Play During and After Training Session
It is important to play with your dog by doing something that you both enjoy. Try to avoid leaving your dog alone and idle. Not only will you prevent many behavior problems, you will also develop a quality relationship, and tight complicity with your dog, all this while you are having fun!
If the dog knows that there will be a play period after training, the dog will volunteer to the training with pleasure. There exist many popular dog games: “FETCH AND GIVE” is the best, closely followed by “HIDE-AND-SEEK”, and “FIND THE OBJECT”. If you take just a few minutes with your dog after a training session to play with him, the training will be more pleasant for both of you. Use games as reward; if, for example, your dog executes a command, you can play with the rope you have been using as a training tool. As the leader of the pack, you must recuperate all objects used for play at the end of the session. This way, the dog will understand that games will unfold according to your specifications and will end the same way, with you recuperating any object used for play. So, we urge you to use the technique so the sessions will be pleasant for the entire family.
Generalization: Practice the commands in many different places where there are plenty of distractions. Go to the park, or to a place where the dog is likely to be distracted to consolidate the commands. People believe that when someone is present, the dog never listens. Nothing could be farther from the truth. If you practice regularly, in different public places, your dog will be exposed to all sorts of circumstances where commands must be obeyed. During obedience training, it is important to simulate situations where it is likely the dog will not listen to the commands.
In order to find out if the command has really been learned, place the dog in specific contexts and give him a command. For example, tell your dog to "STAY" in the backyard where there are no distractions. Then, go to the park where distractions abound, and check if the dog has assimilated the command by executing it well. The objective behind generalization is not to provoke errors, but to show a dog how to successfully execute a command anywhere, in any situation. A dog in the generalization stage has not yet completed his training.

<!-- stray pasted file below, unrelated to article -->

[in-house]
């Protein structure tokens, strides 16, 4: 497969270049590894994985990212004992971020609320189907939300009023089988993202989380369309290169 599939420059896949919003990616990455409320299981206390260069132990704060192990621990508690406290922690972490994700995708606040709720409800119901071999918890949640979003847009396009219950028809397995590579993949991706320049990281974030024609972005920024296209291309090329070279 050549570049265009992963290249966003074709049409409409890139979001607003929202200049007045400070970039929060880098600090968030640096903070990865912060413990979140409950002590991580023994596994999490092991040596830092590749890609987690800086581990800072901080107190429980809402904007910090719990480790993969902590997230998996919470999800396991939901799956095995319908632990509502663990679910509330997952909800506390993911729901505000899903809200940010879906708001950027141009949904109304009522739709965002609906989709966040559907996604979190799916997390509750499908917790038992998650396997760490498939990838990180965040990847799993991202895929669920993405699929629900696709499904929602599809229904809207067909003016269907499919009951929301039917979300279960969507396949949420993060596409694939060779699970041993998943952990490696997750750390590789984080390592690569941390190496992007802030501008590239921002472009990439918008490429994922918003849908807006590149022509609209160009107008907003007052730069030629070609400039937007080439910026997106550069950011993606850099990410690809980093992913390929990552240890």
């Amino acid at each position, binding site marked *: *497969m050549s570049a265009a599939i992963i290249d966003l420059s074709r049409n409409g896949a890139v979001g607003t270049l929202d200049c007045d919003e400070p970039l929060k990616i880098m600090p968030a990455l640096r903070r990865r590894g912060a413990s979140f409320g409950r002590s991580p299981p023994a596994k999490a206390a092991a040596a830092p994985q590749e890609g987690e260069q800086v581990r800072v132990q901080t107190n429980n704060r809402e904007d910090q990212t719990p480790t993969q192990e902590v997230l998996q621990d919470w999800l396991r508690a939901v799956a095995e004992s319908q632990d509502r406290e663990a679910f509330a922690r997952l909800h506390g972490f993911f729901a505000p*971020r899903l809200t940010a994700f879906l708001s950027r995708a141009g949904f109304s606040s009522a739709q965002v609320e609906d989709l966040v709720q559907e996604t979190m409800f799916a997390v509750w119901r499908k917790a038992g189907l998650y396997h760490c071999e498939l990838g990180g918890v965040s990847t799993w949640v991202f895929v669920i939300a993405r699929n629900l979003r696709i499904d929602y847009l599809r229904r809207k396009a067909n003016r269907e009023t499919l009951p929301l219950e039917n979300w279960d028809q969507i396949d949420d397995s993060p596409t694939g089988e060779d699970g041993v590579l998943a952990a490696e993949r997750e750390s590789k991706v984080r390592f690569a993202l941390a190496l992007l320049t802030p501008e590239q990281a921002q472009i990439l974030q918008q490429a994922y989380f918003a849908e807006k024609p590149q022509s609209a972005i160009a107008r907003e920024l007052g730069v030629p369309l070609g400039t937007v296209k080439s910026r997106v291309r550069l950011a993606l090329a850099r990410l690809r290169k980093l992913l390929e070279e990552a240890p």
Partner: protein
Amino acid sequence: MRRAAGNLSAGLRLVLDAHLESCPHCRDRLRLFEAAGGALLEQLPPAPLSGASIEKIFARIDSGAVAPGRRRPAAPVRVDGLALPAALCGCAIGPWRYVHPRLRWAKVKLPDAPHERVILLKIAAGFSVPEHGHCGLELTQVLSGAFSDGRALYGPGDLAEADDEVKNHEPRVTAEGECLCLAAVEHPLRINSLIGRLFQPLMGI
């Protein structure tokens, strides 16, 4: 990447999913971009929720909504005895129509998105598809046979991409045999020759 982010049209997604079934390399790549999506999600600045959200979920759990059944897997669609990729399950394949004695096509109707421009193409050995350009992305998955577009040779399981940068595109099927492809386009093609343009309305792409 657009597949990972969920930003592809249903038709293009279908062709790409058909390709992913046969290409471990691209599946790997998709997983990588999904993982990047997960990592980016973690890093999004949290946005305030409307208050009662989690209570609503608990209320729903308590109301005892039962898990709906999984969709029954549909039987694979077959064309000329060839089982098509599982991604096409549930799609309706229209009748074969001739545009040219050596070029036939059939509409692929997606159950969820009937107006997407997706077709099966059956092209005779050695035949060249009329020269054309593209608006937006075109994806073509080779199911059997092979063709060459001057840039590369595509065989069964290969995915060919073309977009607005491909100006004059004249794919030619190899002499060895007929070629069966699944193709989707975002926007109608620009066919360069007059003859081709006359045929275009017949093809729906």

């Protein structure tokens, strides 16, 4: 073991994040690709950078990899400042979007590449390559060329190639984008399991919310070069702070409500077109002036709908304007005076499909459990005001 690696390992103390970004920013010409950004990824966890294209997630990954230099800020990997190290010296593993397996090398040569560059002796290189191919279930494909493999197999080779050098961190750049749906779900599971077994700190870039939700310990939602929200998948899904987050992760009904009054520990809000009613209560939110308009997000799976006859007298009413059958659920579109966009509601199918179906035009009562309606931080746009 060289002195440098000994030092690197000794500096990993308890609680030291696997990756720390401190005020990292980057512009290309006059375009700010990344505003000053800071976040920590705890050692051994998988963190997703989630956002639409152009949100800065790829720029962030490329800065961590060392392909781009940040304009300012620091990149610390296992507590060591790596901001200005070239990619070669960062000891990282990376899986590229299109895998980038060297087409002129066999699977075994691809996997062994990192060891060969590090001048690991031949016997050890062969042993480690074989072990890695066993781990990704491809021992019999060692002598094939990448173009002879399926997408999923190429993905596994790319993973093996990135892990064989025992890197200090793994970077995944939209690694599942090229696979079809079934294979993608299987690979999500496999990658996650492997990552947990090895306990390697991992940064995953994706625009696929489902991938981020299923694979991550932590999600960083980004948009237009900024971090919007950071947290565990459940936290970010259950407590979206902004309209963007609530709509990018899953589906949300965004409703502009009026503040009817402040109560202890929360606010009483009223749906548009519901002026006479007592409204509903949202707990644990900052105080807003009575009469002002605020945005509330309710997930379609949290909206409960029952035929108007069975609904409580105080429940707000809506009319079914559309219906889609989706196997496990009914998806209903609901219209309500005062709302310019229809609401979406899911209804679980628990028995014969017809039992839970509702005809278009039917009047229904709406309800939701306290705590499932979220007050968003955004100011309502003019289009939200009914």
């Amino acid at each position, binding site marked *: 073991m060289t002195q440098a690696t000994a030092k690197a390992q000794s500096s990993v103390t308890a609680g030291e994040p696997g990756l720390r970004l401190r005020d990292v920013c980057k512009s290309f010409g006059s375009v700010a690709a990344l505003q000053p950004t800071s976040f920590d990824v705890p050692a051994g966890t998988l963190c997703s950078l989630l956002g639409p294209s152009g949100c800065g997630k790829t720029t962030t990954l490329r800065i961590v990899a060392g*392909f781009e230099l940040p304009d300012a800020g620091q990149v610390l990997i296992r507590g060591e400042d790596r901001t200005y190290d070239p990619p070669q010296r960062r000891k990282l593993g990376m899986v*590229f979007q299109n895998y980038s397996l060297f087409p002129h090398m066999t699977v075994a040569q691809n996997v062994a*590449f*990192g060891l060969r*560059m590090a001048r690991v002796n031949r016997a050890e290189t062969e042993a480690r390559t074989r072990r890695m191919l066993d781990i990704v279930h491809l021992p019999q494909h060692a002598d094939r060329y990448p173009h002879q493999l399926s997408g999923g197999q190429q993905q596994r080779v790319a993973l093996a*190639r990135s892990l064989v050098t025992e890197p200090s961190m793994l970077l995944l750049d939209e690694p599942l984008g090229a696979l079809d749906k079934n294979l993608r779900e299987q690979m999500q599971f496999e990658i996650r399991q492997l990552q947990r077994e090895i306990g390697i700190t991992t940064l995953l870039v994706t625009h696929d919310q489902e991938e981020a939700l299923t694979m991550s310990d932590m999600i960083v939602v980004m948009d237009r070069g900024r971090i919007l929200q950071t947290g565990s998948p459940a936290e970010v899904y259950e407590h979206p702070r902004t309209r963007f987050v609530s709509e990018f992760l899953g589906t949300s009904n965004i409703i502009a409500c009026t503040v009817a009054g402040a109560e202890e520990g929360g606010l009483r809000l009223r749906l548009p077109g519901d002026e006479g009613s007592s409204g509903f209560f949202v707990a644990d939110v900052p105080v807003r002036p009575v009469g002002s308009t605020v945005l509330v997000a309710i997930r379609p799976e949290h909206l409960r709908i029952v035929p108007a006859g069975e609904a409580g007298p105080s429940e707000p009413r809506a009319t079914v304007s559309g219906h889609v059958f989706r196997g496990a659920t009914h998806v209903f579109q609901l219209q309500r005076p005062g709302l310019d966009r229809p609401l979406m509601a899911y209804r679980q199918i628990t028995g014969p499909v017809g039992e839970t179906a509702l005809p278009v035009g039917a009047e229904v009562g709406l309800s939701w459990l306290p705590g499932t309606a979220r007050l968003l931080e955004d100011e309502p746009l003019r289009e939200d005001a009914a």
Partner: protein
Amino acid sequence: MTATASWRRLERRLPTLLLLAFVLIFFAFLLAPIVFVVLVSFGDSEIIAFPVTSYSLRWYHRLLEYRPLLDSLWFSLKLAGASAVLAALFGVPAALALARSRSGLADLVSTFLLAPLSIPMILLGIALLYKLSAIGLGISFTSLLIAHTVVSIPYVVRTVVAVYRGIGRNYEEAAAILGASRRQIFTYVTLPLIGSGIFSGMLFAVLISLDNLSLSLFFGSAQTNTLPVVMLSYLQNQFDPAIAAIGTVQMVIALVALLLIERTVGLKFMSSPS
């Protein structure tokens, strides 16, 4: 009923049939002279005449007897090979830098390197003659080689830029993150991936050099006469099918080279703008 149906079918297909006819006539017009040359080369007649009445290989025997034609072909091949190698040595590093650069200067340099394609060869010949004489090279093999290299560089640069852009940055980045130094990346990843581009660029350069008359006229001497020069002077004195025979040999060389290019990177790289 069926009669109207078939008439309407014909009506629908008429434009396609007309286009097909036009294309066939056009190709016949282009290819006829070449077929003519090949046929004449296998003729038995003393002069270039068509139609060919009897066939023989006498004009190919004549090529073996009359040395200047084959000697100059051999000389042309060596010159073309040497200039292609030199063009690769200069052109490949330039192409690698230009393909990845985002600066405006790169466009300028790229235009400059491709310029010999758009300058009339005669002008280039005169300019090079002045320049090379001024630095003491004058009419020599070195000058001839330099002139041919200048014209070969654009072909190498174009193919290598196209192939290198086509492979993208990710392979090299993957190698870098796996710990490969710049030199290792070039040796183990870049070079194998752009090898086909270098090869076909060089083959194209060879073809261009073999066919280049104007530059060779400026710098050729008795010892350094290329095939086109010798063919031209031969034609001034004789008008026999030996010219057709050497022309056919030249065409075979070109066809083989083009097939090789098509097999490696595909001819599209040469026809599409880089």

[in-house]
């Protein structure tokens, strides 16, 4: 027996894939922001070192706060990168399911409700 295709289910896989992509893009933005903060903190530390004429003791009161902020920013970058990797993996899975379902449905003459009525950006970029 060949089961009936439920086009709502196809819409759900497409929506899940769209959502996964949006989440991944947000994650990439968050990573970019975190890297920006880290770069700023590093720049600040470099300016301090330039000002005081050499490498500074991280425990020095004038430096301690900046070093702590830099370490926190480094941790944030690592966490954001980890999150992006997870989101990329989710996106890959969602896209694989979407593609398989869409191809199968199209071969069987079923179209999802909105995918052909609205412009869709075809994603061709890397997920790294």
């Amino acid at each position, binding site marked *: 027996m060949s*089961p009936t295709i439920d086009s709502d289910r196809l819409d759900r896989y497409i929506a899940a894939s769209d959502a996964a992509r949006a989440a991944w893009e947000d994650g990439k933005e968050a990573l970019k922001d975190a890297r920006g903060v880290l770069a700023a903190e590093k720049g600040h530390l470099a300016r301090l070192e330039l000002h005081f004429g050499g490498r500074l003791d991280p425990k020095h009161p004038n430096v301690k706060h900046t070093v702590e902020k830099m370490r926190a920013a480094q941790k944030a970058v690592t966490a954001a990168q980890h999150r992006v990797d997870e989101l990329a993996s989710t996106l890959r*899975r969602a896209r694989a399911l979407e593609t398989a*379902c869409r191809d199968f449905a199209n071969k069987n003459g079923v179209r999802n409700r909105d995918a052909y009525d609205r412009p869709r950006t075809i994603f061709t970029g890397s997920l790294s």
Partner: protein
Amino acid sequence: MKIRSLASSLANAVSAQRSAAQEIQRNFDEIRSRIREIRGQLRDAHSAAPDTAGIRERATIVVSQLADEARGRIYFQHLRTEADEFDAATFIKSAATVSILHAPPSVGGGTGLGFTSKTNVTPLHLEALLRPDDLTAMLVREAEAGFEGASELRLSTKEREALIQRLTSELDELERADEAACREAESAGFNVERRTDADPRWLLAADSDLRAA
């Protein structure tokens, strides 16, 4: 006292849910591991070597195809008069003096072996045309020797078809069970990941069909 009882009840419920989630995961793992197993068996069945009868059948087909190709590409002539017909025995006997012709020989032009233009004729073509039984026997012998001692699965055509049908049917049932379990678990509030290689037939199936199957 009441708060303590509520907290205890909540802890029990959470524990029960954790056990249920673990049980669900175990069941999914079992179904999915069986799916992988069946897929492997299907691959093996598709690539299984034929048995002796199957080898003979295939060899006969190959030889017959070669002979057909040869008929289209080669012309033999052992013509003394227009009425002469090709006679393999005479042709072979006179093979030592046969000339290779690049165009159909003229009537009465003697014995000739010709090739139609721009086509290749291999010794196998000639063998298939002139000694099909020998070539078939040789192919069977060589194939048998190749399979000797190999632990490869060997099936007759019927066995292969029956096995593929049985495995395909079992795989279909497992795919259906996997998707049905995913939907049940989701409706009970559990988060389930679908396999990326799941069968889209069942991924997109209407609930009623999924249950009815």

Therefore, when you introduce your dog to a new environment, expect that the dog will not perform as well and as quickly as in the comfort of your own home or backyard. Use new environments to show the dog that he can perform as well in any environment as he can at home. The generalization principle dictates that you vary the stimuli so as to be able to control the dog in any circumstance.
The beginning of generalization
- Practice the command in a room, at a short distance, lure in hand.
- Always in the same room, have someone else (a family member) practice the command.
- Practice the same exercise, this time in a different room, and increasing the distance between you and the dog.
- Change family member and practice in all the rooms, increasing the distance without lure in hand.
- Redo all the stages, using different distractions: step 1, sudden moves; step 2, an object is thrown; step 3, someone arrives, etc.
- Practice the exercise in an outdoor area, free of distractions, and gradually increase the distance between you and the dog.
- Start over, using distractions which are natural, such as dog passing in the street, a friend arriving at your , many people moving around, etc.
- Practice the same exercise, this time at a friend's , with great distance separating you from your dog, and plenty of distractions.
- Practice the same exercise in as many places, creating as many scenarios as possible.
- Continue to practice the same exercise with other family members.
The more you practice a command with various people. In different places, introducing distractions, the faster the dog will reach a plateau. When this happens, the learning has been consolidated.